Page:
• German carmakers BMW, Daimler and VW tripled sales of EVs last year (Wednesday), outpacing Tesla for the first time. However, when you are doling out up to €9,000 in subsidies per vehicle (a measure introduced last year to boost car sales) this is hardly surprising! The real test of how popular EVs are is what sales are like when there are no incentives!
  • GM announced a new electric truck business (Wednesday) called BrightDrop which will specialise in delivery vehicles – something that I think is a good idea given that it is a growing area and one that requires fleets of vehicles, which will be good for sales.


  • EU vaccine distribution is coming in for a lot of criticism (Wednesday) and although I think there is a lot of niggling going on now, I think things could escalate quickly and get nasty.  Criticisms are that much more acute given that the UK and US is already rolling out the vaccines. If the EU doesn’t get a handle on this quickly, there’s a risk that individual countries could splinter, get their own supplies and really drive a rift between the richer northern European countries (because they can just go and buy more vaccines) and the poorer southern ones (who can’t). Talking of vaccine distribution, Russia is having problems getting to the regions (Friday), but there’s also the other problem of scepticism of its citizens as to whether its vaccine, Sputnik V, really works and we also heard that the Chinese vaccine is has a lower efficacy rate than had been previously thought (Wednesday), which is a real shame as, TBH, I just hope that ALL vaccines work wherever they are from!
  • There were two “feelgood” stories I wanted to tell you about as well this week – the one about the Sussex company that has found a way to make vaccines in pill form (Thursday) – HOW FANTASTIC IS THAT??? – and then the (probably more realistic) one about Johnson & Johnson nearing the final tests for its one-shot vaccine (Friday), which would obviously be WAAAAAAY easier to distribute (although I’m not sure what temperature it has to be kept at) because you don’t have to worry about the logistics of getting people back in for a second shot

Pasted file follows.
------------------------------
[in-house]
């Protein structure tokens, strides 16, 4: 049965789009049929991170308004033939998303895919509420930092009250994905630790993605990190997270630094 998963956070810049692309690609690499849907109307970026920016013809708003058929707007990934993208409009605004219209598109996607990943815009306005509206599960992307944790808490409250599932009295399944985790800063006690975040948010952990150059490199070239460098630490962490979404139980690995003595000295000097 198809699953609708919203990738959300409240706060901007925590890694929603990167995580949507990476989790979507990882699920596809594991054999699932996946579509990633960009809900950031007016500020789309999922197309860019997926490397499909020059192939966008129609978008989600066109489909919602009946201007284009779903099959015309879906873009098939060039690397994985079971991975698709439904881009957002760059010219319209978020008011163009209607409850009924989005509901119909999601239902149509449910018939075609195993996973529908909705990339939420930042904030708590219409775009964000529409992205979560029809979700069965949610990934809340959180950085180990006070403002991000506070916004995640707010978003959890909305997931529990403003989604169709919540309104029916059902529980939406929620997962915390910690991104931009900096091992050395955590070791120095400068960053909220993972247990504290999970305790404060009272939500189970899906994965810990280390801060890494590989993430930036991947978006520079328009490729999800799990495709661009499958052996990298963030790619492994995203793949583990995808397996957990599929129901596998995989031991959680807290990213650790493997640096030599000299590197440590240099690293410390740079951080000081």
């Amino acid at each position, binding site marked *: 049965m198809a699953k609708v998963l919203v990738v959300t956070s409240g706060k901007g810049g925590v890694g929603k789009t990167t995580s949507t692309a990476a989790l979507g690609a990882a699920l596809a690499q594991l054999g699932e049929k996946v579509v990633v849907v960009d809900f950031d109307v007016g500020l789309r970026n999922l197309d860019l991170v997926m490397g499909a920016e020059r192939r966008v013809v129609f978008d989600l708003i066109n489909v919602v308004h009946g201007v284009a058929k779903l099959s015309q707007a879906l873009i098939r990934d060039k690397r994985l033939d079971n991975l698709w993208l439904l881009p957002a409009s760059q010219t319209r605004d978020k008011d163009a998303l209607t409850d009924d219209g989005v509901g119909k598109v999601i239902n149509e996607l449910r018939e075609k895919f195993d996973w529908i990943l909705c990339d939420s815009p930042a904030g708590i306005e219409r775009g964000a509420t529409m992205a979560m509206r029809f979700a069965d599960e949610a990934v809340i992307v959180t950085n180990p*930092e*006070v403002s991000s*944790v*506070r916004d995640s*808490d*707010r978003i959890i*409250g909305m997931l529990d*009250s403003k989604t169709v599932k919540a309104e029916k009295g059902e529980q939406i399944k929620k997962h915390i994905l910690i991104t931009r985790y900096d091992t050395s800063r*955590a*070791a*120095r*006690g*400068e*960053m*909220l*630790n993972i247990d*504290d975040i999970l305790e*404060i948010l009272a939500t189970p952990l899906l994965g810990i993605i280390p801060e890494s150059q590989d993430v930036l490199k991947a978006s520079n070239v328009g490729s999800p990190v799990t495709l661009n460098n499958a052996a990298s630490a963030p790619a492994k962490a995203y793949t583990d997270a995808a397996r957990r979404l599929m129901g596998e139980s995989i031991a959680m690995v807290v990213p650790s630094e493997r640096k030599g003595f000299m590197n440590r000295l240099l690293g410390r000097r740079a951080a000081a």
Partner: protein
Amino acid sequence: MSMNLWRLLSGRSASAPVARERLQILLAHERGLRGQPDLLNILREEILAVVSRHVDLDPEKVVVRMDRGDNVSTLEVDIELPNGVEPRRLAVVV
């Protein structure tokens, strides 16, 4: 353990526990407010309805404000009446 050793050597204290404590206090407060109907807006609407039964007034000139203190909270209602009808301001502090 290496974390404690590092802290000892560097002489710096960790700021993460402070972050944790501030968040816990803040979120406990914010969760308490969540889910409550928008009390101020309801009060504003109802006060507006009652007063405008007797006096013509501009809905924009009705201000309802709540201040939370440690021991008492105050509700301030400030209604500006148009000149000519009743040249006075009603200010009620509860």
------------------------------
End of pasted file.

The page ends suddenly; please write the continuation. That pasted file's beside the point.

• There were some other issues that came up that are worth considering for the future that came up this week, though. The CEO of Pimlico Plumbers said that he would be bringing in a “no jab, no job” policy (Thursday) meaning that new starters will have to have the jab as a condition of work – something that I think could become common practice as time goes on. Also, health and tech groups are working on a vaccination passport (Friday), which is another thing that needs to be brought in quickly because individuals are surely going to be asked to prove that they’ve been vaccinated in order to do all sorts of things like go to the office, step onto a plane, go into crowded venues etc.


  • Watson’s Yearly updates: These will be left until the next edition of Watson’s Yearly that will be published shortly